for the whole world
Some people think that when one is saved, he is saved in such a way that he can never be lost. However, the New Testament teaches three salvations.
1. One is saved from past or alien sins when he by faith does what God requires of him. That is the salvation Jesus was talking about when he said: "He that believeth and is baptized shall be saved" (Mark 16:16). It is the same salvation that the Holy Spirit, by the mouth of the apostle, referred to when he told believers to "repent and be baptized for the remission of sins" (Acts 2:38). It is the salvation of Acts 22:16 where Saul was told to "arise and be baptized and wash away thy sins." The New Testament plainly teaches that in being saved this way from his alien state and sins, one becomes a child of God or a Christian. This means he enters into the body of Christ, which is the church Jesus purchased with his blood (Colossians 1:2, 18; 3:15; Acts 20:28). After one thus becomes a Christian, he can still sin.
2. When a child of God sins, he should ask his Father in heaven to forgive him. A child of God who sinned was told by the apostle Peter to repent and pray that he might be forgiven (Acts 8:22). Of Christians the New Testament says: "If we confess our sins, he is faithful and just to forgive us our sins, and to cleanse us from all unrighteousness" (1 John 1:9).
Some preachers tell alien sinners to confess their sins and ask God to forgive them, and then quote 1 John 1:9 as a proof text for such instruction. But, this passage sums up the responsibility of erring children of God. Alien sinners were told by inspired preachers to believe the Gospel, repent of their sins and be baptized for the remission of their sins.
If a child of God errs from the truth, he must turn from the error of his way back to the Lord if he expects to be saved in heaven. "Brethren, if any of you do err from the truth and one convert him; let him know, that he which converteth the sinner from the error of his way shall save a soul from death, and shall hide a multitude of sins" (James 5:19-20).
3. Jesus said: "He that endureth to the end, the same shall be saved" (Matthew 10:22). Being saved in heaven is the third kind of salvation under consideration. "Wherefore the rather, brethren, give diligence to make your calling and election sure: for if ye do these things ye shall never fail. For so an entrance shall be ministered unto you abundantly into the everlasting kingdom of our Lord and Saviour Jesus Christ" (2 Peter 1:10-11).
The Book of Ecclesiastes reveals Solomon's effort to evaluate the world. Having great wealth, power and wisdom, Solomon set out to test life. He used his keen mind in a search for the best life has to offer. He tried to discover how to maximize happiness and minimize sorrow. He sought to understand the world and wanted to unravel its mysteries and discover the meaning of all its workings, both good and evil (Ecclesiastes 1:12-13, 16-17).
Solomon experienced this with his own life. He tried every kind of pleasure -- the best food and drink, the best music and entertainment, the finest material goods, the most beautiful women. He took on great challenges and tried to improve everything around him. Solomon pursued happiness in every conceivable way (2:1, 3-10).
Solomon, it seems, pursued happiness with as much zest, gusto and vigor as any man. Certainly, if anyone was ever both wise enough and wealthy enough to succeed, it was Solomon. The Bible states that Solomon's glory -- his riches, possessions and honor -- was unexcelled (Ecclesiastes 2:9).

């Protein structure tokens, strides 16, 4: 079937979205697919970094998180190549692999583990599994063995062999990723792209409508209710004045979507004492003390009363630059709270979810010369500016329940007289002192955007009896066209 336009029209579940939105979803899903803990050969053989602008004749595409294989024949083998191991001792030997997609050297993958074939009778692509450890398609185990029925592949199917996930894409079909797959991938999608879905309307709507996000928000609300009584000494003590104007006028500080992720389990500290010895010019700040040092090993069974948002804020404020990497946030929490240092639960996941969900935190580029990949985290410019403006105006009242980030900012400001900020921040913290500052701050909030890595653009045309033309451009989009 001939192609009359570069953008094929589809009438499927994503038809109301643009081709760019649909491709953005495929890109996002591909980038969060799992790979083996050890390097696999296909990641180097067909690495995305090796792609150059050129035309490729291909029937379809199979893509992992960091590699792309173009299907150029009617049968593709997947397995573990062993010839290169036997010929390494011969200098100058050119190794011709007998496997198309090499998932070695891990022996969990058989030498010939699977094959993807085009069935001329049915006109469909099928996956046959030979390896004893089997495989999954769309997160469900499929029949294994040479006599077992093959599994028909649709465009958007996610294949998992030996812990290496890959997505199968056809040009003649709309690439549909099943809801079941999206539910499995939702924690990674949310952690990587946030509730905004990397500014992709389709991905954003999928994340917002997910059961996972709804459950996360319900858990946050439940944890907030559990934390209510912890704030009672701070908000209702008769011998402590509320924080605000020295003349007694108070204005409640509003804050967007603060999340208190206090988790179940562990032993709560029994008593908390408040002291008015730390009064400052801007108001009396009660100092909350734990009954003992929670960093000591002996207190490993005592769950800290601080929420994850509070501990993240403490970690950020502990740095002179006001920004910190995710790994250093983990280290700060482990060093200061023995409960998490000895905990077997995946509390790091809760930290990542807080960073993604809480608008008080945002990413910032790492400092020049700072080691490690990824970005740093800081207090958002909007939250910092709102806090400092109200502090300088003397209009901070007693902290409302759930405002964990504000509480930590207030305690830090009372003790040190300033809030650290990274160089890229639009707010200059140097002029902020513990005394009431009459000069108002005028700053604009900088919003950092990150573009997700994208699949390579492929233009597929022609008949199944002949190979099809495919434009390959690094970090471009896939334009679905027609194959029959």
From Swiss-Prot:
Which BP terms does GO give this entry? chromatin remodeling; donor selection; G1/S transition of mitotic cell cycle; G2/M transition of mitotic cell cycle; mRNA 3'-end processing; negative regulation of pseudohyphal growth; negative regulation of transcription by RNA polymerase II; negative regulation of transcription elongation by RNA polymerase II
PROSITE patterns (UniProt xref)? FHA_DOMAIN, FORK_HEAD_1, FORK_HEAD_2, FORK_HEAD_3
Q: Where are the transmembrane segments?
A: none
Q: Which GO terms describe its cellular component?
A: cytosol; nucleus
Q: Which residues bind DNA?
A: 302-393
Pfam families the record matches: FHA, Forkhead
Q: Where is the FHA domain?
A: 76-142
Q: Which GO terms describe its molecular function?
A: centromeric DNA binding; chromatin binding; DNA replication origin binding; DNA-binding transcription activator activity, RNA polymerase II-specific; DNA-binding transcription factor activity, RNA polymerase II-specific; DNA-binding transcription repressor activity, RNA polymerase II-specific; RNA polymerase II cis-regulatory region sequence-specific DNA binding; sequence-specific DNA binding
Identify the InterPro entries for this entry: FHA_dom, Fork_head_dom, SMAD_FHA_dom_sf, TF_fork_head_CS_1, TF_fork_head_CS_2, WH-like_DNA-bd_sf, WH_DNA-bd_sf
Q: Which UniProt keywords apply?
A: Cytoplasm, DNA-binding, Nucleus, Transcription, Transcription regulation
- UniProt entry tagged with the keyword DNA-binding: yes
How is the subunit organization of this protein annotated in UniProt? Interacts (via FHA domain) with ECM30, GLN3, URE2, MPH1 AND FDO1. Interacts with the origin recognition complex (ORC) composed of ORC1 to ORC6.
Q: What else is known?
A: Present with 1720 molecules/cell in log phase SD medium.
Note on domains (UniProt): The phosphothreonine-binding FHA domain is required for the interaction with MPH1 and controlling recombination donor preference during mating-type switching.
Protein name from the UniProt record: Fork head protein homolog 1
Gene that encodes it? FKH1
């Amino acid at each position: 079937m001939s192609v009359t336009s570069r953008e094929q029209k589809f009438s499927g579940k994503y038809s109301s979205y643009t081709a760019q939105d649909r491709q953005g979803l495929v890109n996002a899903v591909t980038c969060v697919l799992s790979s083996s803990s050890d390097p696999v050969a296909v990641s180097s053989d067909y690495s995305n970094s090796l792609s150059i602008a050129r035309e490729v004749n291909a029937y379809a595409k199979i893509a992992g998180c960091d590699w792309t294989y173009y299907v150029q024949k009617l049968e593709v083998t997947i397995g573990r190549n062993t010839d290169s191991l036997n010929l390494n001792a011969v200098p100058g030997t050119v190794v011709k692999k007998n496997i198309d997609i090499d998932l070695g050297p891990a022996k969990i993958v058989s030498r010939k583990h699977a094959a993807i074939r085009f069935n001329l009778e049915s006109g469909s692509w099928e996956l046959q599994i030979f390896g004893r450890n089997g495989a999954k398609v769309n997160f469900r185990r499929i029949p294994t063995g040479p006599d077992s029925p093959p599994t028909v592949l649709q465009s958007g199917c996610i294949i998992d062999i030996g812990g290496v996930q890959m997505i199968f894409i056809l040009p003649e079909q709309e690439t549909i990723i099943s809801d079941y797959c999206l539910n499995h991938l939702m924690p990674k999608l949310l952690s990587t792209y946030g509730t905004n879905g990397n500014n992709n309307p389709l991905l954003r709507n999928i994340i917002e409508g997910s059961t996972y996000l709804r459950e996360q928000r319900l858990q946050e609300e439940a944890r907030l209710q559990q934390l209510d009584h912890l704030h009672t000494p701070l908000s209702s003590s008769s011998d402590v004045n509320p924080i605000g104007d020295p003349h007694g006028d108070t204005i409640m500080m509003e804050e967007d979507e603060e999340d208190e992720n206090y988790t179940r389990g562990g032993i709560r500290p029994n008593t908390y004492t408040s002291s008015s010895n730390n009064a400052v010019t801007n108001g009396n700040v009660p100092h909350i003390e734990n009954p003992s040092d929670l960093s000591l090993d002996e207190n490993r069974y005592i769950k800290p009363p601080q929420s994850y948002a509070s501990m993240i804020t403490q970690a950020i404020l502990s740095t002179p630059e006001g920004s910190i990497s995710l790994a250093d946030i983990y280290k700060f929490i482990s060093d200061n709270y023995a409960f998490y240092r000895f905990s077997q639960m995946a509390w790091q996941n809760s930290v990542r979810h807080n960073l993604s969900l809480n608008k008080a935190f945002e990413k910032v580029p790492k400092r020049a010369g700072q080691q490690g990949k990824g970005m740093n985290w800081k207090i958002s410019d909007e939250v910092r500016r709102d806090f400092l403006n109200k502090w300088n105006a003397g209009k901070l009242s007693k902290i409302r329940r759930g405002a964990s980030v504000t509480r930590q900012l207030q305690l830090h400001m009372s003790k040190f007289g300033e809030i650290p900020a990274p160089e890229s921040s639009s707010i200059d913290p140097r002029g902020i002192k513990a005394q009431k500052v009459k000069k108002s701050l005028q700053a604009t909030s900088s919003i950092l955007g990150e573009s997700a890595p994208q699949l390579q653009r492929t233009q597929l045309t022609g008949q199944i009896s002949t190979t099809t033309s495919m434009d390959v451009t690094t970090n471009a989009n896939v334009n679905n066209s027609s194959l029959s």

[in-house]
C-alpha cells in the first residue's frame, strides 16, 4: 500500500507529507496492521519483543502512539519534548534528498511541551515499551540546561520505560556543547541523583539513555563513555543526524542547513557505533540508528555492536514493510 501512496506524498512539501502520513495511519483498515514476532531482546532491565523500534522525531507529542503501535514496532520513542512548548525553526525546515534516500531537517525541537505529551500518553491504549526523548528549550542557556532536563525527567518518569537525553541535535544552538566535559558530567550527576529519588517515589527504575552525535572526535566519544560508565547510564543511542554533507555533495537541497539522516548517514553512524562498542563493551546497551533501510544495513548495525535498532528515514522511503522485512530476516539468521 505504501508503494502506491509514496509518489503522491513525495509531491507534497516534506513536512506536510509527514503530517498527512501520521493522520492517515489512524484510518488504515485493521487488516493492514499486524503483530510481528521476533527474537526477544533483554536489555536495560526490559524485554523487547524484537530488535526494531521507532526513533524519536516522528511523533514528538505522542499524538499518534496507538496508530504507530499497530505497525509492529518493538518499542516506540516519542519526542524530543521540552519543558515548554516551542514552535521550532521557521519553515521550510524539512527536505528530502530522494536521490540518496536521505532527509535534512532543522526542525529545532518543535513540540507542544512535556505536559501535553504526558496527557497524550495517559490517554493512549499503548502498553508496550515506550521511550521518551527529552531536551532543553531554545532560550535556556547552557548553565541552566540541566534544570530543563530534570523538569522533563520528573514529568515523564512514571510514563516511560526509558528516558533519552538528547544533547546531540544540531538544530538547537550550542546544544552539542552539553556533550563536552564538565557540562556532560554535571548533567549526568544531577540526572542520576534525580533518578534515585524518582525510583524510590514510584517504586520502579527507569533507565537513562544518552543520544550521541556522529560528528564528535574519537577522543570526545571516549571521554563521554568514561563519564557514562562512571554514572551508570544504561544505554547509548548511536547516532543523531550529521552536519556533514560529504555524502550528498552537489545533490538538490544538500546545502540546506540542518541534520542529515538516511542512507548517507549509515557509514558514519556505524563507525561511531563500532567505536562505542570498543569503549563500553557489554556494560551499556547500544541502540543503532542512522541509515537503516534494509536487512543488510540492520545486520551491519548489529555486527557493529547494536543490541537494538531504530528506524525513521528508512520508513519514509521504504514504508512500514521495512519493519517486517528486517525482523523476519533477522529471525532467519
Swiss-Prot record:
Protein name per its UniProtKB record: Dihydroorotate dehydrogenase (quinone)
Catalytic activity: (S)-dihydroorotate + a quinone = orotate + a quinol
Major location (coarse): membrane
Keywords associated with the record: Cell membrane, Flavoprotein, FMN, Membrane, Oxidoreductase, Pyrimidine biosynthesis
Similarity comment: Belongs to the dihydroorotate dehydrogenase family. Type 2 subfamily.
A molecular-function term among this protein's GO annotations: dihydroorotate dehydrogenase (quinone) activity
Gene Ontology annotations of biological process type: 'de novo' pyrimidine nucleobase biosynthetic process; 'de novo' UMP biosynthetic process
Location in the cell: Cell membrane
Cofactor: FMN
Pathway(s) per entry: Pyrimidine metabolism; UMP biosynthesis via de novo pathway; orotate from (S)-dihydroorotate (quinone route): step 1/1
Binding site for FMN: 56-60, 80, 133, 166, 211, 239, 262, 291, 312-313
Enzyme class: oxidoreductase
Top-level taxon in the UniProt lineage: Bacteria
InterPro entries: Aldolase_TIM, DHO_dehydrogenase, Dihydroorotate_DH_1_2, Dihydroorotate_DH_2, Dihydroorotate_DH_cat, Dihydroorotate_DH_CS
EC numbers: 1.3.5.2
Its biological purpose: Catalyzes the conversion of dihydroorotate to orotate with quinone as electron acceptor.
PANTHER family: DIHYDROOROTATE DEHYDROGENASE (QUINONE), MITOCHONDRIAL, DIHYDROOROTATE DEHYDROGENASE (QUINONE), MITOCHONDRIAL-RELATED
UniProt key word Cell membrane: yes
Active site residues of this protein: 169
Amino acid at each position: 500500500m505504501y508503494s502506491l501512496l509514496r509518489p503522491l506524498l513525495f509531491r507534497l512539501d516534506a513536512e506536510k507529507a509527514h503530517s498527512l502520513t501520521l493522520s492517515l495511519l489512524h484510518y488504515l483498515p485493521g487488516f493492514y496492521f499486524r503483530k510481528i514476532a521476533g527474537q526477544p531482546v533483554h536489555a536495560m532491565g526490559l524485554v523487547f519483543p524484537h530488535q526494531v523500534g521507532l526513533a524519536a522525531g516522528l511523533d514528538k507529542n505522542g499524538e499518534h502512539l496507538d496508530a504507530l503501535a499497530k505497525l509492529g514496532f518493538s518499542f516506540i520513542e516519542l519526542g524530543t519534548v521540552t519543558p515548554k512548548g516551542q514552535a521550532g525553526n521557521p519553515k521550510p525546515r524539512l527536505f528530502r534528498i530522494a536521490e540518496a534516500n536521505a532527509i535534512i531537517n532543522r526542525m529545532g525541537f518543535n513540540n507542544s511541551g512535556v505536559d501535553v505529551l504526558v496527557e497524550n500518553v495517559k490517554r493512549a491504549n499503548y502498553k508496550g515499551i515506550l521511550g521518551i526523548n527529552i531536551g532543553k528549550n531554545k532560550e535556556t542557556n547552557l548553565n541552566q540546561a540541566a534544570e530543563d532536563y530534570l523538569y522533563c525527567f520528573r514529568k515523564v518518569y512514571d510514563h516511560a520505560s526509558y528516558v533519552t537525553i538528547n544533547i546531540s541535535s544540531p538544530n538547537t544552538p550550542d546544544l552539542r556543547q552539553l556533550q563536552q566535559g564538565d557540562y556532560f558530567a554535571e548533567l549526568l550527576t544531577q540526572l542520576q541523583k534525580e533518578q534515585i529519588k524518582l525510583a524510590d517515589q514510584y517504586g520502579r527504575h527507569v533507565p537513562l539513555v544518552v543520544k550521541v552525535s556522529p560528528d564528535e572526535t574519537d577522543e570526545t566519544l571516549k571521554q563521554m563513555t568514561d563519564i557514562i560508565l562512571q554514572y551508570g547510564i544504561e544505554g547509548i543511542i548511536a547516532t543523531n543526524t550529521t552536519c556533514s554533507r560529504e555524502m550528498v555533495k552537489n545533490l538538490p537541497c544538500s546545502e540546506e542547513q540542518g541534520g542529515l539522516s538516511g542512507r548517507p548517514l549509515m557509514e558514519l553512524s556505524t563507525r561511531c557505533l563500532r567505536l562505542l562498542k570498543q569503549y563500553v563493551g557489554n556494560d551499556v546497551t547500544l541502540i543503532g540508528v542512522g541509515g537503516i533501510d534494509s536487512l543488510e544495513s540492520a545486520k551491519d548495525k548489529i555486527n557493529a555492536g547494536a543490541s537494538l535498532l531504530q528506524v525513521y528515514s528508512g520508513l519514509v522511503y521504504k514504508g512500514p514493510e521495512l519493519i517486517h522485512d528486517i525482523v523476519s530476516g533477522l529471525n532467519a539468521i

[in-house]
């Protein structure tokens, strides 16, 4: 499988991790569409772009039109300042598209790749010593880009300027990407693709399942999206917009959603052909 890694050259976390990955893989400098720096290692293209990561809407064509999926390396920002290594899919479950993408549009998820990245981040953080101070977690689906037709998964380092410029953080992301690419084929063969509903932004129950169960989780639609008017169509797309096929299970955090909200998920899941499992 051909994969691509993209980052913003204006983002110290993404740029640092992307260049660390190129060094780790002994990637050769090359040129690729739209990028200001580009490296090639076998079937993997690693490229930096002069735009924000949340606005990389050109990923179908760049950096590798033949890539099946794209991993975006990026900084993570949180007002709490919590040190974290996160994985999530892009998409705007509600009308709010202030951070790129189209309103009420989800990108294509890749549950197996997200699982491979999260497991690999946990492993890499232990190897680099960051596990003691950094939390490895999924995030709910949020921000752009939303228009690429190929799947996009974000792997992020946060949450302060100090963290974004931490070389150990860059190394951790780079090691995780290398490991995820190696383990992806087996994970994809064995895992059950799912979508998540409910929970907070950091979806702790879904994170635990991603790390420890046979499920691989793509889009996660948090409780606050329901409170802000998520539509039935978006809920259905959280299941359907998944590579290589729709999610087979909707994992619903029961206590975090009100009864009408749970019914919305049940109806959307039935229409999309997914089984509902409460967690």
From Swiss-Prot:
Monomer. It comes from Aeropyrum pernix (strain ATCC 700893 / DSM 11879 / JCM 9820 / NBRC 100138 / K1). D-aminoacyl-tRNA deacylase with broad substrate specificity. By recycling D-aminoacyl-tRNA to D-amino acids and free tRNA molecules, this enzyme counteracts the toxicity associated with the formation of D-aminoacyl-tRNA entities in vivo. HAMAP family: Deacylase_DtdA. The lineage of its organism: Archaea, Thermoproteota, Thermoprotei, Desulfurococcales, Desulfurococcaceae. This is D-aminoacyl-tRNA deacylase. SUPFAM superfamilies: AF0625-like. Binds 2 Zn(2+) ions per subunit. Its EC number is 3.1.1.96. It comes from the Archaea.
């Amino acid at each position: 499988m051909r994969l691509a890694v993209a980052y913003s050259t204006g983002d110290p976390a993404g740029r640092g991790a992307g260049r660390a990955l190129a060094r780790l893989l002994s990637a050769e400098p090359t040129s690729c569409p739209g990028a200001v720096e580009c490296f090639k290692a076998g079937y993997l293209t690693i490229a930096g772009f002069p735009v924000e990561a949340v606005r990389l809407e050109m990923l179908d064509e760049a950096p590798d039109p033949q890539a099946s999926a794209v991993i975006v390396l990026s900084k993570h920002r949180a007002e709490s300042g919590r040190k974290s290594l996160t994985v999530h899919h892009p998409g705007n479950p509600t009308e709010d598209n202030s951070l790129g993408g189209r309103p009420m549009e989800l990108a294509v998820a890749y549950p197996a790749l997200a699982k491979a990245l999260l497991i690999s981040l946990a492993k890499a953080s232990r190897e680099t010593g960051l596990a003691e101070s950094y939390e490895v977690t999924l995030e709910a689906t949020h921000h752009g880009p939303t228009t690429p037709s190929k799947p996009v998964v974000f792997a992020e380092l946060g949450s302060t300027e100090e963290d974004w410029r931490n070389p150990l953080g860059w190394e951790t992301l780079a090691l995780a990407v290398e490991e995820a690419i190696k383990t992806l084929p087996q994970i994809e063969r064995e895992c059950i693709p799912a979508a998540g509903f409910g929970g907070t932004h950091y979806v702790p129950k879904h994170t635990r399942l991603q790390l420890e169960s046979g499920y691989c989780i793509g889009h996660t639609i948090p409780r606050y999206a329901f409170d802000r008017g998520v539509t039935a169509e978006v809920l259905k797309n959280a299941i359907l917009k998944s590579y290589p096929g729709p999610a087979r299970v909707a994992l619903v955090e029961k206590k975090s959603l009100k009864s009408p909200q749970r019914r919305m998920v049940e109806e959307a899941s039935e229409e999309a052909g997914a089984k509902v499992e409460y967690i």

No king has ever had more personal resources for the pursuit of happiness than Solomon. Yet, he failed. Whatever he tried, wherever he looked, he found frustration and futility. He discovered that pleasure, possessions or any endeavor would not bring lasting happiness (Ecclesiastes 2:11). He pursued happiness but found vexation, disappointment and emptiness. He ended his great quest, lamentably, hating life (Ecclesiastes 2:15-23). Let us notice what Solomon discovered.
Solomon discovered the vanity of Life! Solomon's failure to find bliss was not a personal one. He failed because of the very nature of life. It is a world at war with itself -- a world of order and disorder in continuous conflict -- and there is no defense against its evils (Ecclesiastes 1:14-15). He saw oppression, the failure of riches, the failure of righteousness and the climax of every life being death.
Solomon discovered the compensations of life! Although Solomon was deeply disappointed by what he discovered about life, he concluded that life is better than death. And, in spite of all our suffering, virtually everyone chooses life over death (9:4-6; 11:7-8). Furthermore, God has given us compensations to ease our sorrows. He has made the simple, common experiences of life the most reliable resources of happiness. It is also good to know and remember that true survival comes from obedience to the Lord (7:18).
Solomon discovered the accountability of life! It behooves us all to keep the future in mind as we live our lives. Solomon warned the young to look ahead and not forget that age catches up with us all. Do not live selfishly and for the moment because (although it cannot be seen) our spirit goes upward to be judged by how we have lived (11:9-10; 12:13-14).
Solomon is not pessimistic about life; he is realistic. We will not find a utopia in this life. This, however, is the perfect training ground for eternity. This life brings struggles, trials and difficulties which must be met with obedience to the Word of God. Obedience to God can give meaning to life and bring eternal life.
You can become a Christian by believing that Jesus Christ is God's Son (John 8:24), repenting of your sins (Acts 3:19), confessing your faith in Christ as God's Son (Romans 10:9-10) and being baptized (immersed in water) for the forgiveness of your sins (Acts 2:38). Will you let us assist you in obtaining the abundant life?